Croskey’s Corner: Generosity
Recently, one of my friends ran into another friend of mine. They had not known each other prior to being introduced. Later, one of them told me about the meeting. Somehow, they quickly figured out that they had at least one mutual friend, me. To this day, I don’t know how they figured out that they both knew me. Or why. I guess I at least understand the point of Facebook’s Mutual Friends section now.
It is bewildering yet truly gratifying to me to know that people actually think about me when I am not there. I subscribe to the theory that if I am out of sight, I am out of mind. I used to wish that I had a red light bulb somewhere close by (it could be green; or orange; no matter). Anytime someone thought about me, the light bulb would flash. (You know, like the old saying that if someone is being talked about out of their presence, their ears will burn or turn red. ) I told a friend about that. She said, with all sincerity, “You do have that light. Every time people are thinking of you – and its more often than you think – the light bulb glows. You just don’t know it!”
This all sounds pretty self-absorbed, huh? If I had perfect confidence, complete maturity, was fully poised, I would probably not need to know whether I was in the thoughts of others. Well, those goals are on my “To Do” List – and they’re not checked off. In the meantime, I am the typical educator; pretty intrinsically motivated; less tied to monetary rewards as a way of measuring professional growth, but needing some appreciation. Schools have built-in “Teacher Appreciation Day” (May), National School Counselor Week (February), Secretary and Administrative Assistant’s Day (April), School Custodian’s Appreciation Day (January), and even School Psychologist Awareness Week (November). Interestingly, during that week, school psychologists are supposed to do MORE for their staffs to promote awareness. Funny, I thought we were supposed to serve our staffs every day! I have no idea who set these dates. Hallmark? FTD? Hershey Candy Company? Anyway, it is clear that someone thinks that educators need formal occasions where those whom they serve can express their Gratefulness.
Do educators feel that they are appreciated? Are parents (or Students!?) Grateful? Battelle for Kids Human Capital Director Emily Douglas does speaking engagements with teachers’ groups. She conducts an experiment. Her proposal to her audience: “I need a research paper on any topic you choose that is 20 pages long, with 1-inch margins, double-spaced, in 11-point Arial font, and uses at least five primary sources from 2010 to present. But, I need it in 168 hours or 1 week, exactly. No late papers accepted. Any questions?” Pretty much nobody offers to do it. Then she says she’ll pay someone $500. A few offer. She increases the offer to $1000, then $5000, then $10,000. Each time, more people respond until everyone has agreed to the price by the last offer. Ms. Douglas claims that her “experiment” shows that most of us have a “price” whether it is in money or non-monetary rewards. (There is an old joke which has the same “punchline” as this story but it is probably not appropriate for a Character blog!)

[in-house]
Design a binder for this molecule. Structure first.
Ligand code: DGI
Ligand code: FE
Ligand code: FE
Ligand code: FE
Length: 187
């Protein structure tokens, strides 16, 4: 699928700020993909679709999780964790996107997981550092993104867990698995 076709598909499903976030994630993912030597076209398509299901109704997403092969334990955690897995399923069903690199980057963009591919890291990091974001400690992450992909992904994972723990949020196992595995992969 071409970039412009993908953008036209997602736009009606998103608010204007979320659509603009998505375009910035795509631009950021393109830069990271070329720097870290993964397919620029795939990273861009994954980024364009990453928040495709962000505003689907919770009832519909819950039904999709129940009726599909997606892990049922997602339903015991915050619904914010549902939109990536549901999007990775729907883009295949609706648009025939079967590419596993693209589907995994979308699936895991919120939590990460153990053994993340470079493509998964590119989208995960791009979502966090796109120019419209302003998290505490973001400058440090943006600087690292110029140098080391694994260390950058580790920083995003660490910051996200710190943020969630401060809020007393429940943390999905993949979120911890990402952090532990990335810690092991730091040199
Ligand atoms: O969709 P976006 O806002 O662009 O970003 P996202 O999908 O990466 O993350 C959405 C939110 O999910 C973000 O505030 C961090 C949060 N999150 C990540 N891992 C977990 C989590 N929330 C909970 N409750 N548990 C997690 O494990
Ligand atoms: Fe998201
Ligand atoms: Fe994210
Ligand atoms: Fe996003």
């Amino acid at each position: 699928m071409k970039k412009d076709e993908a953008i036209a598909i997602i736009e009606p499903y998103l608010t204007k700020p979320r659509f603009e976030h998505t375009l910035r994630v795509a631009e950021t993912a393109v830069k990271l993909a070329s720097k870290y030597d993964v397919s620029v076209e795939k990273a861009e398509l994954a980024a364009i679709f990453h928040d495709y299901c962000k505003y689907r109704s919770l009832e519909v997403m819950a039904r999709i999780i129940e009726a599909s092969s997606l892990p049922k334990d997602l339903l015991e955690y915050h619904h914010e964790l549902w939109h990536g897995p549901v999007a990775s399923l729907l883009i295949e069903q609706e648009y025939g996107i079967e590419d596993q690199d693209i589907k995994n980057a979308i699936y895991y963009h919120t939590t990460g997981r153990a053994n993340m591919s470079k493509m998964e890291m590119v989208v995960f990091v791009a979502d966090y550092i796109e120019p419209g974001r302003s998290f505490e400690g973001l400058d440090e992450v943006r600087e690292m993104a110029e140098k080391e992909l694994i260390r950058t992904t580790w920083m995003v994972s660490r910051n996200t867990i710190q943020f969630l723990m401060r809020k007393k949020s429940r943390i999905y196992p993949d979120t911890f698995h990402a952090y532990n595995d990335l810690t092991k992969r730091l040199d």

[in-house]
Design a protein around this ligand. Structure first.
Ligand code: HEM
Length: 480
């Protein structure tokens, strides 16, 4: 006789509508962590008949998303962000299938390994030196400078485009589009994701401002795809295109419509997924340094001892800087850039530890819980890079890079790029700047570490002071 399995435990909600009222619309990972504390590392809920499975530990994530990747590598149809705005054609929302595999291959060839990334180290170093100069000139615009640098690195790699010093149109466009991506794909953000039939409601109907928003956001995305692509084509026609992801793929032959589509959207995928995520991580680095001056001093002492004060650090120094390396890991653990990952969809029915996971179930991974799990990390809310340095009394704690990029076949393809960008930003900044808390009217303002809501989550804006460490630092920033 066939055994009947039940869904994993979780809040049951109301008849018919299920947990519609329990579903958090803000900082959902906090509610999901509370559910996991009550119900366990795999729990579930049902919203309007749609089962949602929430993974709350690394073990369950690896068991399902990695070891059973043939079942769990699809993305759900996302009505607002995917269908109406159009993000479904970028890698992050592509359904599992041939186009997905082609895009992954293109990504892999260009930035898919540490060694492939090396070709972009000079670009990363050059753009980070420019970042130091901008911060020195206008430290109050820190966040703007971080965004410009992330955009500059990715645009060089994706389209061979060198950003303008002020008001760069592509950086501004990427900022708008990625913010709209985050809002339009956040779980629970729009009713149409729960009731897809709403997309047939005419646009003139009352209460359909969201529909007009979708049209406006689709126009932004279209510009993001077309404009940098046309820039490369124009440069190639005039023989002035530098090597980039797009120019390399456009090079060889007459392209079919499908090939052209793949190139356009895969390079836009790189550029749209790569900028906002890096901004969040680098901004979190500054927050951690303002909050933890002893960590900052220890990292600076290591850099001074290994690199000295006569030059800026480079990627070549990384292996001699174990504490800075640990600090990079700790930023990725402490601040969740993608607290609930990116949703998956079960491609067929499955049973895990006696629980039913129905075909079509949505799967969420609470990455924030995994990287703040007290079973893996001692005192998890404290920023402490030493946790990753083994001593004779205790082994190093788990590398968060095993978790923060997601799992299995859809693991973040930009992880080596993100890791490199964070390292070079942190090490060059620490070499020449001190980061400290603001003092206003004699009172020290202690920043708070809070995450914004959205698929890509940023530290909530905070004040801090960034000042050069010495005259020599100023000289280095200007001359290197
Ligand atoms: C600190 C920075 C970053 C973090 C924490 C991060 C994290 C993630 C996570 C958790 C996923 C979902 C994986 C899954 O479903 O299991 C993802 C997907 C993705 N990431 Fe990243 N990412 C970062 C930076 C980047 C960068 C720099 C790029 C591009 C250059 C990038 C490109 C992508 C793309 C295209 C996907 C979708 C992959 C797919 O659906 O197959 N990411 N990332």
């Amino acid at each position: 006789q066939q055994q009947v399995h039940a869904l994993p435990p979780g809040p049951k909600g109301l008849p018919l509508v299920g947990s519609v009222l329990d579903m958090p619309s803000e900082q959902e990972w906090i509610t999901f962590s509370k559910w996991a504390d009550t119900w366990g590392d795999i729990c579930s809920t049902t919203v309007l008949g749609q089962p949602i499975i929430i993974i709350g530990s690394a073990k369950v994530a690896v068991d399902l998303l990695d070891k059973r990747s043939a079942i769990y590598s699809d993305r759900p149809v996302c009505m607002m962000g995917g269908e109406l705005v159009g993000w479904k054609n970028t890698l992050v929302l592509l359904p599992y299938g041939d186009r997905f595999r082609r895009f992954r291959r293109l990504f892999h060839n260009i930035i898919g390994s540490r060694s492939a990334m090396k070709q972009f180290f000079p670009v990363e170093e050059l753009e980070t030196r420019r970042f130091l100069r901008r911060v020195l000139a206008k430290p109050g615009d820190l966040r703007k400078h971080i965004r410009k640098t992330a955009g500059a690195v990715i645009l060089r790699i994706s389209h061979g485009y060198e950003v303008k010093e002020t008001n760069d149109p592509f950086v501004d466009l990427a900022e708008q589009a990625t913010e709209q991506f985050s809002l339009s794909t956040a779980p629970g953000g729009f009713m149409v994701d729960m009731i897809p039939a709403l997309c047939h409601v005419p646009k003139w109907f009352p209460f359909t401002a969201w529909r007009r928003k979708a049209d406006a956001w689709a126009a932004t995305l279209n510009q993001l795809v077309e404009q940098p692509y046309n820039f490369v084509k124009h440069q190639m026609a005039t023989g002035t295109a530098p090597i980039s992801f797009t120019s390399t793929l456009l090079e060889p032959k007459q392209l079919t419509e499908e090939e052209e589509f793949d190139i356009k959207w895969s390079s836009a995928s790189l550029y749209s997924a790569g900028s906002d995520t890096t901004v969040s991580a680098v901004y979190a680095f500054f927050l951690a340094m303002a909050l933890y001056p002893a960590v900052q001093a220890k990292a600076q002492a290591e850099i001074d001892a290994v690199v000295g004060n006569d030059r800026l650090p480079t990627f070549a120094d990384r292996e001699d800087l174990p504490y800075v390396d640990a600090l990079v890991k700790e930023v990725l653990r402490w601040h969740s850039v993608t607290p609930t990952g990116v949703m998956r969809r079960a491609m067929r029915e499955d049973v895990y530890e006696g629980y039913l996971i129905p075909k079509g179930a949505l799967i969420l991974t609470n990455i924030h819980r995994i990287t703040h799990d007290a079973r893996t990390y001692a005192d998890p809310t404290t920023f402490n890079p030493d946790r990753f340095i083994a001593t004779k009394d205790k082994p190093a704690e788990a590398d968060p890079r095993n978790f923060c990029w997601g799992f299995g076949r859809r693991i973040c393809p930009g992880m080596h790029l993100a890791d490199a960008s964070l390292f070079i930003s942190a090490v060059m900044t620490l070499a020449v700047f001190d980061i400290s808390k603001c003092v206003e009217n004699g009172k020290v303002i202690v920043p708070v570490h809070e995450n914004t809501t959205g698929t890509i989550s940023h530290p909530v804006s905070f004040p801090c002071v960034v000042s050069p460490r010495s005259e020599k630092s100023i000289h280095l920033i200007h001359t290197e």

But, is this how teachers work? A great deal has been written and said about merit pay, teacher evaluations tied to test scores, and research suggesting that teachers be paid for high test scores upfront and then have to pay the amount back if kids don’t score well. I am not sure that is the total picture for how to “appreciate” teachers. Nancy Flanigan, who writes the Teacher in a Strange Land blog for Education Week thinks there is more to the picture. She feels that using big money (e.g., $150,000) to motivate “good” teachers is a plan designed to motivate already good teachers with competition (“I am three times as good as you and I have the salary to prove it”) and rewards of cash.
But, Ms. Flanigan quotes Daniel Pink and his book, Drive: the Surprising Truth about What Motivates Us. In that book, he tries to show that, once a task moves beyond rote behavior, people (teachers ARE people aren’t they?) are motivated more by autonomy, mastery, and purpose. (For a clever video of Pink’s thoughts, do an internet search for RSA Animate – Drive.) Teachers want some opportunity to control what happens to them, what they teach, how they teach, how they do their job. Teachers want students to master the skills and information they offer so that the finished learner looks like the teacher’s idea of what a person who mastered the big ideas of that course would look like. Teachers do not want to be the one who turns on the power switch so that computer-based learning can take place. They do not want to be the one who reads a script and follow a same-day/same-lesson lockstep approach. Teachers want to serve a purpose.
So, how can principals, parents, school boards, and the general public show their Gratefulness to teachers? Grant them some measure of autonomy, mastery, and purpose. Do we still have to pay them? Of course, but it probably will not take $150K to get them motivated. They already are – intrinsically. Give them the environment to use the tools they already have and they will continue to turn out grateful students.